119 - Resistance to antiplatelet drugs: molecular mechanisms and laboratory detection

Autor(s): M. Pugliano, M. Cattaneo

Issue: RIMeL - IJLaM, Vol. 5, N. 2, 2009 (MAF Servizi srl ed.)

Page(s): 119-124

Drugs that inhibit platelet function are widely used to decrease the risk of occlusive arterial events in patients with aterosclerosis. Aspirin irreversibly inhibits cyclo-oxygenase-1 (COX-1), thus affecting the arachidonate-thromboxane A 2 pathway, while clopidogrel affects the adenosine diphosphate (ADP) pathway, by irreversibly blocking the ADP receptor P2Y 12. Both these pathways contribute to the amplification of platelet activation and aggregation response to platelets agonists. The term “resistance” to a drug means the inability of a drug to hit its pharmacological target, demonstrable by a specific laboratory test. The prevalence of aspirin resistance, assessed by a specific laboratory test as serum thromboxane B 2 (TxB2), is about 1%; thus we can conclude that aspirin resistance does not exist or it is a very rare phenomenon. The most important cause of clopidogrel resistance is attributable to the inability of the hepatic cytochromes to metabolize the pro-drug to its active metabolite.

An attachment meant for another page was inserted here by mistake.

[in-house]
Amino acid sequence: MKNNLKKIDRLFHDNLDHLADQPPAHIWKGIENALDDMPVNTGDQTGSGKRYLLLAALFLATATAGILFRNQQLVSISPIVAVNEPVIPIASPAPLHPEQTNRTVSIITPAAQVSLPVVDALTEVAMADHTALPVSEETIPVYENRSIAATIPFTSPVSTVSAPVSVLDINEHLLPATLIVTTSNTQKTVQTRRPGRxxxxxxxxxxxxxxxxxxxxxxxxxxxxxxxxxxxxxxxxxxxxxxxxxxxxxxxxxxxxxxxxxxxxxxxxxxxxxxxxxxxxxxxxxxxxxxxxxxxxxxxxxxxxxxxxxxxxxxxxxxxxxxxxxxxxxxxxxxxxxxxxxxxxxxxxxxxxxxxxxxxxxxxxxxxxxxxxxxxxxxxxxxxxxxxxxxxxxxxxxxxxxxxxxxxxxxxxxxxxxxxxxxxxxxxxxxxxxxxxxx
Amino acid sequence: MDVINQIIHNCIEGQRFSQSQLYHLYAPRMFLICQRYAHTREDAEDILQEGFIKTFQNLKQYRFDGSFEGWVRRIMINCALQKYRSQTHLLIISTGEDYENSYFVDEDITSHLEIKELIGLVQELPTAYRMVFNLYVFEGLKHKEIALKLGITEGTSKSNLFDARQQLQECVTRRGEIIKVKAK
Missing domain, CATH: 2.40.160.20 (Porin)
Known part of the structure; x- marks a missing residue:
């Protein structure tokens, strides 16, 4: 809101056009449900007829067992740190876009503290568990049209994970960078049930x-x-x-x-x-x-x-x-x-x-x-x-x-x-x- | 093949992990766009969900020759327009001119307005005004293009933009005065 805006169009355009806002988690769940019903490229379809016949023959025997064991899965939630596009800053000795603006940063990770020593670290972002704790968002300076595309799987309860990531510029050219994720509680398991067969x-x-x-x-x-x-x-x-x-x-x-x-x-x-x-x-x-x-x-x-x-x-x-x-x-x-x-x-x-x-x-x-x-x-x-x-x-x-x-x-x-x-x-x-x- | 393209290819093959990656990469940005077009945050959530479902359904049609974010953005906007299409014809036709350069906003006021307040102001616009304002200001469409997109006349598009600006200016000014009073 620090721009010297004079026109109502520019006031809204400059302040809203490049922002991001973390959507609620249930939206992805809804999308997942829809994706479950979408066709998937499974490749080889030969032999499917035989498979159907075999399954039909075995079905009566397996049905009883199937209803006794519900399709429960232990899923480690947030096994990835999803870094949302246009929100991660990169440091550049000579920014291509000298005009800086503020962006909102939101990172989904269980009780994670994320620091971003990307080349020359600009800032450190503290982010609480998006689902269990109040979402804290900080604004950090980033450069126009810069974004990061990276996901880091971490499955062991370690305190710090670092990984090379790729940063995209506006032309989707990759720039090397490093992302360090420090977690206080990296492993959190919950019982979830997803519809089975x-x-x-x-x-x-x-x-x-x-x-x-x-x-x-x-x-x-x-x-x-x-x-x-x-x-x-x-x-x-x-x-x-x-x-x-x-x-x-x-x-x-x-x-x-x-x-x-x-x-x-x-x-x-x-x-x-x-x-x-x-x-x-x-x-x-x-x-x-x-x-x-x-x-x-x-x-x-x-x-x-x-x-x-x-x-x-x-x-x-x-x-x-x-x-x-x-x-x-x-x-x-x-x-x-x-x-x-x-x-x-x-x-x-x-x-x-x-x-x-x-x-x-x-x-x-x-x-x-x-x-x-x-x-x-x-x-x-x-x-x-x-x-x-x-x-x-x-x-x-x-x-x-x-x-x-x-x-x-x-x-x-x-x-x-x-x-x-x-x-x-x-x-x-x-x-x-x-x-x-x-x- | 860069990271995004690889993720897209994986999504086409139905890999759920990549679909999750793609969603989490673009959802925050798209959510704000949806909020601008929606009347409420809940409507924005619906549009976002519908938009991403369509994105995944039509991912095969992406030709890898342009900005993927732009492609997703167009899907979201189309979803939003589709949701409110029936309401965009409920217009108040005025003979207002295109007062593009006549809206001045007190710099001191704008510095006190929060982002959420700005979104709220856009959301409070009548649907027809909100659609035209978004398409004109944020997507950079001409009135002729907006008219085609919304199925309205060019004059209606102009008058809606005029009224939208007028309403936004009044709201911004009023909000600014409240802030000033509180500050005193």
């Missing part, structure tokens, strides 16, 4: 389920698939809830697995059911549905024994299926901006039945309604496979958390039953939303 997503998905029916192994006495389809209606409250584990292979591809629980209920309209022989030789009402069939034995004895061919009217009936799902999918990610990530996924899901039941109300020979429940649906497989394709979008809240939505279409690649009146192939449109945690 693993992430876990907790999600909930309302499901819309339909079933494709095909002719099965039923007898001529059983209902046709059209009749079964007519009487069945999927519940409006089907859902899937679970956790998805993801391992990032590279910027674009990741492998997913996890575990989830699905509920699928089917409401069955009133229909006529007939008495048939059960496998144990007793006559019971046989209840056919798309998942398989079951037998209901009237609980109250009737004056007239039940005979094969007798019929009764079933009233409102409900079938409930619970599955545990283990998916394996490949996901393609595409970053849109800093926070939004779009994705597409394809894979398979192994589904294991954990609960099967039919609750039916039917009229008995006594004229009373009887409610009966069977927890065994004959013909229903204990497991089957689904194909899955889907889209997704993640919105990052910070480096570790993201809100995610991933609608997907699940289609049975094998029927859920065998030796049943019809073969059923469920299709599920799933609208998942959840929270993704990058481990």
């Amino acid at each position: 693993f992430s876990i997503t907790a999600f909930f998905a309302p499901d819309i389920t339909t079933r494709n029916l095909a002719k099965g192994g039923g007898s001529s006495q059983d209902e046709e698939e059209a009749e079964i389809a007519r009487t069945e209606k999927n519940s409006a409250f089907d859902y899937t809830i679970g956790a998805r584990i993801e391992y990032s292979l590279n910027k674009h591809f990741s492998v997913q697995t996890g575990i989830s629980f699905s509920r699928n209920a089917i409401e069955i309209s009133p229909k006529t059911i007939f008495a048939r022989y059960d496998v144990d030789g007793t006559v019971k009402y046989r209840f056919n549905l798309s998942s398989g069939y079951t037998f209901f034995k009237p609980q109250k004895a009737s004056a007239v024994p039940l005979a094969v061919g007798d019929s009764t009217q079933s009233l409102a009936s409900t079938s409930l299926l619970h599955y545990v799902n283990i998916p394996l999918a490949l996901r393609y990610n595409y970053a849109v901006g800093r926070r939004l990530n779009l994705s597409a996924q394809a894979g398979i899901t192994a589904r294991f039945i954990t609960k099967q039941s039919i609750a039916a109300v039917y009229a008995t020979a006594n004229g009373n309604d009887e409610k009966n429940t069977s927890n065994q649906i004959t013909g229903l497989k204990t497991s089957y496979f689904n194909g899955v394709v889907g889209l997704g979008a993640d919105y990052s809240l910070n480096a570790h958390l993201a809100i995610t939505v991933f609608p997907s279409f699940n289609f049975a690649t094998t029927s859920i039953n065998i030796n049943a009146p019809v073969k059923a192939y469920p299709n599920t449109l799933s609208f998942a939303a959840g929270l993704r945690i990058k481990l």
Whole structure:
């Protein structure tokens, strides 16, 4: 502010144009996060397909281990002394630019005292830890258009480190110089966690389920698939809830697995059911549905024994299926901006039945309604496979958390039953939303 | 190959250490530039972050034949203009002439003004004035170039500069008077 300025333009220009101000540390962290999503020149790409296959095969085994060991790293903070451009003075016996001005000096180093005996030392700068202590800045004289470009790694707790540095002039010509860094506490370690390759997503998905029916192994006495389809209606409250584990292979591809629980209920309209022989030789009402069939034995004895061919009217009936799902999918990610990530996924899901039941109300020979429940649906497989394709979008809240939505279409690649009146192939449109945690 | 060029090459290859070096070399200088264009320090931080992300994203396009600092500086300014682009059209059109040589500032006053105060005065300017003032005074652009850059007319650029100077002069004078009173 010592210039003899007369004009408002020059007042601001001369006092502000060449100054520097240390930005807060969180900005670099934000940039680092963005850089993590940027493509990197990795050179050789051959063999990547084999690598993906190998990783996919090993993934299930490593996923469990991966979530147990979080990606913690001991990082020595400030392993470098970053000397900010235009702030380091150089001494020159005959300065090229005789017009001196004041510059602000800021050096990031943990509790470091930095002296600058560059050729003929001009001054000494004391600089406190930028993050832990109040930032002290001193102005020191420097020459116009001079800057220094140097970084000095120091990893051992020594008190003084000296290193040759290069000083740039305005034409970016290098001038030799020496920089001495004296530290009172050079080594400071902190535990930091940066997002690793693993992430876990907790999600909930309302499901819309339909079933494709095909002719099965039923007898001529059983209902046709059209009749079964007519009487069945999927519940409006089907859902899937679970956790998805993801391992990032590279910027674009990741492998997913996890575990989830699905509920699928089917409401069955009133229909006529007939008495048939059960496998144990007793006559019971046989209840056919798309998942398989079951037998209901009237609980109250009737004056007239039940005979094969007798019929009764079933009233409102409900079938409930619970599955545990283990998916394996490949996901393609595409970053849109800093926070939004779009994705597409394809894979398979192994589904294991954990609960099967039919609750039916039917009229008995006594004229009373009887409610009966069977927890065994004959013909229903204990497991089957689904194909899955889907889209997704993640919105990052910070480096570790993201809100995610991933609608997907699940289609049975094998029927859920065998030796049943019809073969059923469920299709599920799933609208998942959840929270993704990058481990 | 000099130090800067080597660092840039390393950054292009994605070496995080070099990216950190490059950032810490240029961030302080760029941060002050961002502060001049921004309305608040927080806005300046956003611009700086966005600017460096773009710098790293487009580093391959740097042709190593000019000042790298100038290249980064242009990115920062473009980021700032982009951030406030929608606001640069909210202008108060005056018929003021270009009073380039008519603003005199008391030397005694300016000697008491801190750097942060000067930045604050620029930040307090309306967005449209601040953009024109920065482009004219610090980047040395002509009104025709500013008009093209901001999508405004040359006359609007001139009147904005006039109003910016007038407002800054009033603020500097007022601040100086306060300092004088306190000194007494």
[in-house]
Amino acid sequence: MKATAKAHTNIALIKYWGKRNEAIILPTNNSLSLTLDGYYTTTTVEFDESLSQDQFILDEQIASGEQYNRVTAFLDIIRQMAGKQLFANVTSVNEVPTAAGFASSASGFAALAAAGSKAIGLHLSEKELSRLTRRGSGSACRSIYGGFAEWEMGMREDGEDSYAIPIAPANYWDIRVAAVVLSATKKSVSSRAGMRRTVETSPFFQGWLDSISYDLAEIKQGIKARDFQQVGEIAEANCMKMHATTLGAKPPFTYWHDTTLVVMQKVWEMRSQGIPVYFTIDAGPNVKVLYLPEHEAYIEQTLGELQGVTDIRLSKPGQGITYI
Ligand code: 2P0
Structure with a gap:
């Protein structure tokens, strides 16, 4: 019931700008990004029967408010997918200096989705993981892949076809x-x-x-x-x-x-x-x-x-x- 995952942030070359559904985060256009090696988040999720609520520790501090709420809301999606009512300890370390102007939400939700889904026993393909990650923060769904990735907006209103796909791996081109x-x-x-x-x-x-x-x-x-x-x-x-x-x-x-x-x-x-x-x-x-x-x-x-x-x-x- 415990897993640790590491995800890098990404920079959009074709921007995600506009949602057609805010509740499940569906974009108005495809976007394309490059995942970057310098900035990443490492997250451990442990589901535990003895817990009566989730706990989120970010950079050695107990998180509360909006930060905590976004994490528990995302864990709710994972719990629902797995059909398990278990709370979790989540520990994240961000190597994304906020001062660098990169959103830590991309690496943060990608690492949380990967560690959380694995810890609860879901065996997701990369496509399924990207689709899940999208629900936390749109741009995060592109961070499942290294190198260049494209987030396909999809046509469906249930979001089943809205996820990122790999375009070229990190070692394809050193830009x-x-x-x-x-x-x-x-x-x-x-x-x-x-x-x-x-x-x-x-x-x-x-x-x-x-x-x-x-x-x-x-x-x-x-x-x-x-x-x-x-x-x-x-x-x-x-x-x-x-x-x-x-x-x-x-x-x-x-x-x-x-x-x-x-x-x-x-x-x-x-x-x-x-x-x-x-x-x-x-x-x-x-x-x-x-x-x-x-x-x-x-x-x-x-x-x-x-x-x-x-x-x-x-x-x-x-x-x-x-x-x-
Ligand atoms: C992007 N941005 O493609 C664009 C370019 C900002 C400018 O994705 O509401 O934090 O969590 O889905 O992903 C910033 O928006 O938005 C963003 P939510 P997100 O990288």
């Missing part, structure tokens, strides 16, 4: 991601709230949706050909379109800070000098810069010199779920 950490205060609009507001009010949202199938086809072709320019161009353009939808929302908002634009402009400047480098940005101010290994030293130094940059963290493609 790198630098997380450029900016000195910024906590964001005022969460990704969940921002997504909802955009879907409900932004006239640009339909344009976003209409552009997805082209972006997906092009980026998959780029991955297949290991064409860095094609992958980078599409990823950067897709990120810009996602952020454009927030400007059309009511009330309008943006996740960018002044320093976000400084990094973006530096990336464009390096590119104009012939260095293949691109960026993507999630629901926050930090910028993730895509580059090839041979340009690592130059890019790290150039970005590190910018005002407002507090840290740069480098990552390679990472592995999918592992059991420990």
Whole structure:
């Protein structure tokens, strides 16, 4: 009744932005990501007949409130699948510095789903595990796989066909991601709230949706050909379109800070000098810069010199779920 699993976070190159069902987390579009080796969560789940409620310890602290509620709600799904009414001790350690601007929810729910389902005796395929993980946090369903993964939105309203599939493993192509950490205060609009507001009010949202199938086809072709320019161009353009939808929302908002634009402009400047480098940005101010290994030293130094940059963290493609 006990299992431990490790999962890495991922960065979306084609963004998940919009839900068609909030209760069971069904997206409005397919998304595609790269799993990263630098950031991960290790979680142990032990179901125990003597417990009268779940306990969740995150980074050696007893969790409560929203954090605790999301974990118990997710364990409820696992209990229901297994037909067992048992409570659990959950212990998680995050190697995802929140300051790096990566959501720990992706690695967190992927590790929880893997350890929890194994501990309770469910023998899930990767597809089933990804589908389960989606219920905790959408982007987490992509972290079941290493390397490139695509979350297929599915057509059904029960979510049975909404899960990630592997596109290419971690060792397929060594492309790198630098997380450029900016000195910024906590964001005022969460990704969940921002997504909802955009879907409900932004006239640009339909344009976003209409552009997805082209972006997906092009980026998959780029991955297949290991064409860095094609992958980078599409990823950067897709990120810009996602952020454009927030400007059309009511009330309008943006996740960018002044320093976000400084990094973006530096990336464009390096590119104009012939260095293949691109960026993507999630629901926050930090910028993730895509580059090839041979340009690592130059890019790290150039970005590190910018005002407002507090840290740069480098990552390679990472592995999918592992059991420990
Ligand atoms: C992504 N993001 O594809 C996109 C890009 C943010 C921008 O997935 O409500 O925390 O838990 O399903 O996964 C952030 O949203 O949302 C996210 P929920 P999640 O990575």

Key-words: blood platelets, drug resistance, platelet aggregation inhibitors.

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